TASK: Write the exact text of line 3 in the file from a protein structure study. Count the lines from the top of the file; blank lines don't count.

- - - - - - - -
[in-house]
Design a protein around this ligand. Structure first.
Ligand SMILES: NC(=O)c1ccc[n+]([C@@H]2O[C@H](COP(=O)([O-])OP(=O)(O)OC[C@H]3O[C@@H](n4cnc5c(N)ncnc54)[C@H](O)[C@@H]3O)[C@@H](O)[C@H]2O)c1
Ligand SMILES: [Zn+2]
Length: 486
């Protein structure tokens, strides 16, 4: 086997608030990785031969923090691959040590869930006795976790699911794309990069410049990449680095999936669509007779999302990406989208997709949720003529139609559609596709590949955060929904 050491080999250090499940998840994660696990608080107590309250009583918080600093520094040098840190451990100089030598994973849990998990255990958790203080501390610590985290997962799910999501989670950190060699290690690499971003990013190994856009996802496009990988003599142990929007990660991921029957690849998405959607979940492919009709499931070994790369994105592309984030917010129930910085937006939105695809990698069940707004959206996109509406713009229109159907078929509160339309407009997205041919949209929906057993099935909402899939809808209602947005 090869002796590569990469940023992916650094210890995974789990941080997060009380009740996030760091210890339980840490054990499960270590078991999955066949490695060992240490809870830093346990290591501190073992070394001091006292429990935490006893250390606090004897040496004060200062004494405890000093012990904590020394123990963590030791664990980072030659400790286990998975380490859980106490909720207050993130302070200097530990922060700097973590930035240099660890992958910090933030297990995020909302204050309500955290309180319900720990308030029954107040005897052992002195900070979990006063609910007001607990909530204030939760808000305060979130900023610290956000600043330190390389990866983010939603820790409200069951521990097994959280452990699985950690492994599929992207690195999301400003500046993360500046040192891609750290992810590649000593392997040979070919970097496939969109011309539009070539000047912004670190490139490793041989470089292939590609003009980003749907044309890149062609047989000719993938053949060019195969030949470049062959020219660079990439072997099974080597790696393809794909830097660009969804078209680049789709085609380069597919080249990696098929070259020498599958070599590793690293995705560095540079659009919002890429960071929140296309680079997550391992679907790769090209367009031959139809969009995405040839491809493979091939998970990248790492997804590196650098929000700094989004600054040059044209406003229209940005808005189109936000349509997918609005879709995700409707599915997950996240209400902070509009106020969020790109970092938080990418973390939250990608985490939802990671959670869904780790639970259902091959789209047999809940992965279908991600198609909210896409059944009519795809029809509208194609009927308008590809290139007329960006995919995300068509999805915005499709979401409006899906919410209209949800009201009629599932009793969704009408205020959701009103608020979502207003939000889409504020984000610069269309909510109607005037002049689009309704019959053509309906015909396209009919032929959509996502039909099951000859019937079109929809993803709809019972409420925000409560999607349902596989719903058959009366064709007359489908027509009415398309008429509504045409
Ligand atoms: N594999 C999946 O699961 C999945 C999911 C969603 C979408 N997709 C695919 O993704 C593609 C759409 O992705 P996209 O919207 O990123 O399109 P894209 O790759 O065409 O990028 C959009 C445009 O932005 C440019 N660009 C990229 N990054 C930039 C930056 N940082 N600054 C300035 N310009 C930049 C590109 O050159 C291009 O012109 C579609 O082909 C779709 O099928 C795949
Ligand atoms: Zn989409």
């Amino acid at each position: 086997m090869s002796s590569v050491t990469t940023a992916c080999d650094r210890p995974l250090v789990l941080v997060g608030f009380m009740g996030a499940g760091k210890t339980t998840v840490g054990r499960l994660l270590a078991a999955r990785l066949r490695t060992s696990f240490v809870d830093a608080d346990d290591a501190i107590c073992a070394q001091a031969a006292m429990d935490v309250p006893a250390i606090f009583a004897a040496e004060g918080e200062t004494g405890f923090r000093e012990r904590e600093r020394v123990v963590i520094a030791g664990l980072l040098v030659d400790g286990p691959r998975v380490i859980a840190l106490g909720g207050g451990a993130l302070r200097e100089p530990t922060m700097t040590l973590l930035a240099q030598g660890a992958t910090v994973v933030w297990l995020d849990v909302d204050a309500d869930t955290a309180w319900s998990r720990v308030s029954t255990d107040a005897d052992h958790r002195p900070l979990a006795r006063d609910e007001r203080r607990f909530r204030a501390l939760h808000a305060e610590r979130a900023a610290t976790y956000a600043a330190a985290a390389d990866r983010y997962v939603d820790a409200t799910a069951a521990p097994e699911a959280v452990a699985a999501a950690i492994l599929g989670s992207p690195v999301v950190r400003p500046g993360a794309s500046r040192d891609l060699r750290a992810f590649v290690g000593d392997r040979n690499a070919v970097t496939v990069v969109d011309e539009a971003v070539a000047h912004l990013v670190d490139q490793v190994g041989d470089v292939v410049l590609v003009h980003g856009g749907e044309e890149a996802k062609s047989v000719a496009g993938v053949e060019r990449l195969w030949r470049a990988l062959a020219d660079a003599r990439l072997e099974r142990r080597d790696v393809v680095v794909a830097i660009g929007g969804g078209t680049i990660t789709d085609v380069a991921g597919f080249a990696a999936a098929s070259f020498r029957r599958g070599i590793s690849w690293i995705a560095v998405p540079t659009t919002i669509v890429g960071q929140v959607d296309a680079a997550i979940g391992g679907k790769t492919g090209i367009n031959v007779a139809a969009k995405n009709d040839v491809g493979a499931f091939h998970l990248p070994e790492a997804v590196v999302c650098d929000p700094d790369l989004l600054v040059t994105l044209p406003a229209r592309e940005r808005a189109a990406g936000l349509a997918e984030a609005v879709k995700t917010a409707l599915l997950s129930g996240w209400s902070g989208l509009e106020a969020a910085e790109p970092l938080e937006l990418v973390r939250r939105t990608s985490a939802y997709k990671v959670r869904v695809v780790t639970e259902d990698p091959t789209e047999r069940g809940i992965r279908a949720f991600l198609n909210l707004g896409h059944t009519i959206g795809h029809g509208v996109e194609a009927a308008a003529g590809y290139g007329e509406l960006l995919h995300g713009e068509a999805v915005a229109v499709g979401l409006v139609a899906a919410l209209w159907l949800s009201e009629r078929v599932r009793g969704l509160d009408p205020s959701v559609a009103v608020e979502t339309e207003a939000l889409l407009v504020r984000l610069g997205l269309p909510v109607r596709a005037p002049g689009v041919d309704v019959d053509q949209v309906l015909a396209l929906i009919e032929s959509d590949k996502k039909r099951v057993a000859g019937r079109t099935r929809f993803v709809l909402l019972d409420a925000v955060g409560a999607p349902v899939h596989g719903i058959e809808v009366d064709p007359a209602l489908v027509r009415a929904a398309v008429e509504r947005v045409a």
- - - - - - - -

Ligand SMILES: NC(=O)c1ccc[n+]([C@@H]2O[C@H](COP(=O)([O-])OP(=O)(O)OC[C@H]3O[C@@H](n4cnc5c(N)ncnc54)[C@H](O)[C@@H]3O)[C@@H](O)[C@H]2O)c1